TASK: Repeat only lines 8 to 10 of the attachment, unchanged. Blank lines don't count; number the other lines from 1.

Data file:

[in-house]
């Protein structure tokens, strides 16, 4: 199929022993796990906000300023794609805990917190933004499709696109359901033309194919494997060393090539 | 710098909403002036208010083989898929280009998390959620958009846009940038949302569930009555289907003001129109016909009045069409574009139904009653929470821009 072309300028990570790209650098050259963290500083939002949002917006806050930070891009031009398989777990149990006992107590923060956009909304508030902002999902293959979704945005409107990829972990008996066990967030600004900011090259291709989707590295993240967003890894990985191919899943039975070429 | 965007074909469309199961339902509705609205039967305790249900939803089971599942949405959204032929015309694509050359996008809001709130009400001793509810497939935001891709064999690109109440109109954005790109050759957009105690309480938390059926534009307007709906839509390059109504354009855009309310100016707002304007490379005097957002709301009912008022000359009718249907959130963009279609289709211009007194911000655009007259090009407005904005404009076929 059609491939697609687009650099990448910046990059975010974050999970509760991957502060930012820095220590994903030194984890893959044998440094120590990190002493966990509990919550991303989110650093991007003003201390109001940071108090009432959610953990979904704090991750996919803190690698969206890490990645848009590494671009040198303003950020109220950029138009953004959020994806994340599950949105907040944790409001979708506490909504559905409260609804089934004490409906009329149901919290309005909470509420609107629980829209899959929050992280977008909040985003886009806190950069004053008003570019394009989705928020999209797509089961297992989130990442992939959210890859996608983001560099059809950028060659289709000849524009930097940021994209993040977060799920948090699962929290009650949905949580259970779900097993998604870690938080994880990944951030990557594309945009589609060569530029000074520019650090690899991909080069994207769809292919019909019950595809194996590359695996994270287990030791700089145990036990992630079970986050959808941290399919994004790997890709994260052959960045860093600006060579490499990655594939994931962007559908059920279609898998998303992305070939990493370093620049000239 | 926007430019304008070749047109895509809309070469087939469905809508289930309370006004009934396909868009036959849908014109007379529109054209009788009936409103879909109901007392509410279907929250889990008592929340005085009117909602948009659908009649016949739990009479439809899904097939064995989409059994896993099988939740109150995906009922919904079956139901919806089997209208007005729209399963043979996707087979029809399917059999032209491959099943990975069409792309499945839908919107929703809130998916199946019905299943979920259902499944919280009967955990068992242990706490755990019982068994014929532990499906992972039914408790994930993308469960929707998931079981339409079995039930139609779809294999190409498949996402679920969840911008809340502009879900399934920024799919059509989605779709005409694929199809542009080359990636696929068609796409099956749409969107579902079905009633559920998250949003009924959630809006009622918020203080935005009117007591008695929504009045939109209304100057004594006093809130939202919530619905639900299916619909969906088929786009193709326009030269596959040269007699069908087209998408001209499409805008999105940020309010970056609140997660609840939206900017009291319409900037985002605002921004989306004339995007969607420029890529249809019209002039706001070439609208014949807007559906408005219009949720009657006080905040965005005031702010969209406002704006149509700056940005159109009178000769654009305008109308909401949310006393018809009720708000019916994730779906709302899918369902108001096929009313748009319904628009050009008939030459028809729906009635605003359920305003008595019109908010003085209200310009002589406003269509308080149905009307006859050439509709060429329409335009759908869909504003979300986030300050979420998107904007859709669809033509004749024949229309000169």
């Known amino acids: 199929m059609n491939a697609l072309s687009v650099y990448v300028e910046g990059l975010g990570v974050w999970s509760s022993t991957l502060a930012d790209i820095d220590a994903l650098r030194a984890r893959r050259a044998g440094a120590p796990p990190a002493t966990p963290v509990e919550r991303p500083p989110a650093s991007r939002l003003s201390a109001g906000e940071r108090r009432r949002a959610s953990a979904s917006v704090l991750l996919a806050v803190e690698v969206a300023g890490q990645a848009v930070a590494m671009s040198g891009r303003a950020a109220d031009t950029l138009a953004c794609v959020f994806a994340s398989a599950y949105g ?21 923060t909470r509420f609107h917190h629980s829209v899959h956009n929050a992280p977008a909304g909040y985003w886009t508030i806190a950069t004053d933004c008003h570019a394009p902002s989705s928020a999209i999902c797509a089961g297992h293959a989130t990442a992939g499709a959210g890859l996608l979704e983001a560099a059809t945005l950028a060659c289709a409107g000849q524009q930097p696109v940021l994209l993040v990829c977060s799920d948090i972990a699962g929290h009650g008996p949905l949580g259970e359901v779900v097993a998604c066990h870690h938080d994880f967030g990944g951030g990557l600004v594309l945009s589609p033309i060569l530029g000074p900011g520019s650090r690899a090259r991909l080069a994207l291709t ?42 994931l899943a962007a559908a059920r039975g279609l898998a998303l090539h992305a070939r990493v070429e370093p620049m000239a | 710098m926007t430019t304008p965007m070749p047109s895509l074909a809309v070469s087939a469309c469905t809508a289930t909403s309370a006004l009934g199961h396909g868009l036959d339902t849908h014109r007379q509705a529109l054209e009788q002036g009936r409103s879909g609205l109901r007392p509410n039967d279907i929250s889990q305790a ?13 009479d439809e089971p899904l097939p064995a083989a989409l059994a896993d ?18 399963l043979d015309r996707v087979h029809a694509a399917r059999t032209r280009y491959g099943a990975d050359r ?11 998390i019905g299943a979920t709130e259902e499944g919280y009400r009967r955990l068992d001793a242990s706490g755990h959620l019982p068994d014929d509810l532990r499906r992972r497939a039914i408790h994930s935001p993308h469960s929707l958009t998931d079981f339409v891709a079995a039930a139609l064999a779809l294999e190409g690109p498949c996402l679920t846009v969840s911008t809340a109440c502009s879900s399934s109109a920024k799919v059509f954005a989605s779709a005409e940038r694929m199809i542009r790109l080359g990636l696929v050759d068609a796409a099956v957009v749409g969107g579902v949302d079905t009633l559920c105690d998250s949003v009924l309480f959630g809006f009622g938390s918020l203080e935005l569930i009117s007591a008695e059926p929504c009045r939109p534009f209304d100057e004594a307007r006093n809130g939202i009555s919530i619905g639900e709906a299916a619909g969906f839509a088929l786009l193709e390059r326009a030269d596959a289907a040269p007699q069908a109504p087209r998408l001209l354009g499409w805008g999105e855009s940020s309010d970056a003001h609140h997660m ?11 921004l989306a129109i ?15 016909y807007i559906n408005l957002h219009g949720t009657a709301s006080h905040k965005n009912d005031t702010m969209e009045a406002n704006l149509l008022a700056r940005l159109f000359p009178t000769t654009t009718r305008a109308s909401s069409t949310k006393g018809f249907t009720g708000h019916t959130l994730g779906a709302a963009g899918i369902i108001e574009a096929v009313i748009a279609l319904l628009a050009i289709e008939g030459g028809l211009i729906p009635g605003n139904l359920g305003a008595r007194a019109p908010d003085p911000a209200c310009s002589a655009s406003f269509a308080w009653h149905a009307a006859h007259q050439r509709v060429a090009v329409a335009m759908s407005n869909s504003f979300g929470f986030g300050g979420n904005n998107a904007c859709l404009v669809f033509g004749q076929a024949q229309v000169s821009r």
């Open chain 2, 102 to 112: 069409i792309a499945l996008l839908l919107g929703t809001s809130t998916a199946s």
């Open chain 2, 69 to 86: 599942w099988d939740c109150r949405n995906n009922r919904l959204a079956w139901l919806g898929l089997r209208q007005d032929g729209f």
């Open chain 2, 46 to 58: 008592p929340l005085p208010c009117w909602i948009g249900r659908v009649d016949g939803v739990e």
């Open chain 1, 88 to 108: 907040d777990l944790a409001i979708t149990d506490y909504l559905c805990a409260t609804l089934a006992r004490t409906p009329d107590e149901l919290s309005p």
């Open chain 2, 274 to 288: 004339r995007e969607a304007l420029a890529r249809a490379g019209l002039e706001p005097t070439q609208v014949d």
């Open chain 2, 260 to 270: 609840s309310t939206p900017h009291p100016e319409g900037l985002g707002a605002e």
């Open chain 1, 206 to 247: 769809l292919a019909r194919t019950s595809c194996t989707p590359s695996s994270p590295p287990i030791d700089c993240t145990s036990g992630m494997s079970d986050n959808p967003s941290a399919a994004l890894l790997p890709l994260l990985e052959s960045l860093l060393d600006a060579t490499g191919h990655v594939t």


């Open chain 2, 274 to 288: 004339r995007e969607a304007l420029a890529r249809a490379g019209l002039e706001p005097t070439q609208v014949d």
């Open chain 2, 260 to 270: 609840s309310t939206p900017h009291p100016e319409g900037l985002g707002a605002e």
């Open chain 1, 206 to 247: 769809l292919a019909r194919t019950s595809c194996t989707p590359s695996s994270p590295p287990i030791d700089c993240t145990s036990g992630m494997s079970d986050n959808p967003s941290a399919a994004l890894l790997p890709l994260l990985e052959s960045l860093l060393d600006a060579t490499g191919h990655v594939t």